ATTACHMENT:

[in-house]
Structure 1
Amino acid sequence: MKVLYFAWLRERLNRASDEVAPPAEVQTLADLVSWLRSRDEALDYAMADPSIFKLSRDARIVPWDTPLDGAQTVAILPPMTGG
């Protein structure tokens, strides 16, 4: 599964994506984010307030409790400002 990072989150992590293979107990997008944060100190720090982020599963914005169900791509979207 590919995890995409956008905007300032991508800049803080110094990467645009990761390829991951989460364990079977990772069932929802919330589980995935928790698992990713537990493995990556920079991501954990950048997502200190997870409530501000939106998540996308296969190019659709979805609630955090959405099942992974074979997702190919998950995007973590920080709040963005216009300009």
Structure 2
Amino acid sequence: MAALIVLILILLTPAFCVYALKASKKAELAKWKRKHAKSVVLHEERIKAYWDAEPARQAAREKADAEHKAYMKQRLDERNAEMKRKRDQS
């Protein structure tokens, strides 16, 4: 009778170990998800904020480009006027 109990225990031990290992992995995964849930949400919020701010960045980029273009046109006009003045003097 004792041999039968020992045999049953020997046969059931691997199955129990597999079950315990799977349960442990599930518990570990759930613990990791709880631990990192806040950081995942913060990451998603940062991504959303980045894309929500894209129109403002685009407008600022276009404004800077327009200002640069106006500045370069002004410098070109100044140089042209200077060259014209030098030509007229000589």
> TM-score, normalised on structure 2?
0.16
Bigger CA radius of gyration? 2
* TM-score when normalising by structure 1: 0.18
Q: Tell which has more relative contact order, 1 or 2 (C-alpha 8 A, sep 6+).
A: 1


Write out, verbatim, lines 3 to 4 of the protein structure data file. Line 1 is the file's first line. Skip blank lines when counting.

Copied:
Amino acid sequence: MKVLYFAWLRERLNRASDEVAPPAEVQTLADLVSWLRSRDEALDYAMADPSIFKLSRDARIVPWDTPLDGAQTVAILPPMTGG
């Protein structure tokens, strides 16, 4: 599964994506984010307030409790400002 990072989150992590293979107990997008944060100190720090982020599963914005169900791509979207 590919995890995409956008905007300032991508800049803080110094990467645009990761390829991951989460364990079977990772069932929802919330589980995935928790698992990713537990493995990556920079991501954990950048997502200190997870409530501000939106998540996308296969190019659709979805609630955090959405099942992974074979997702190919998950995007973590920080709040963005216009300009």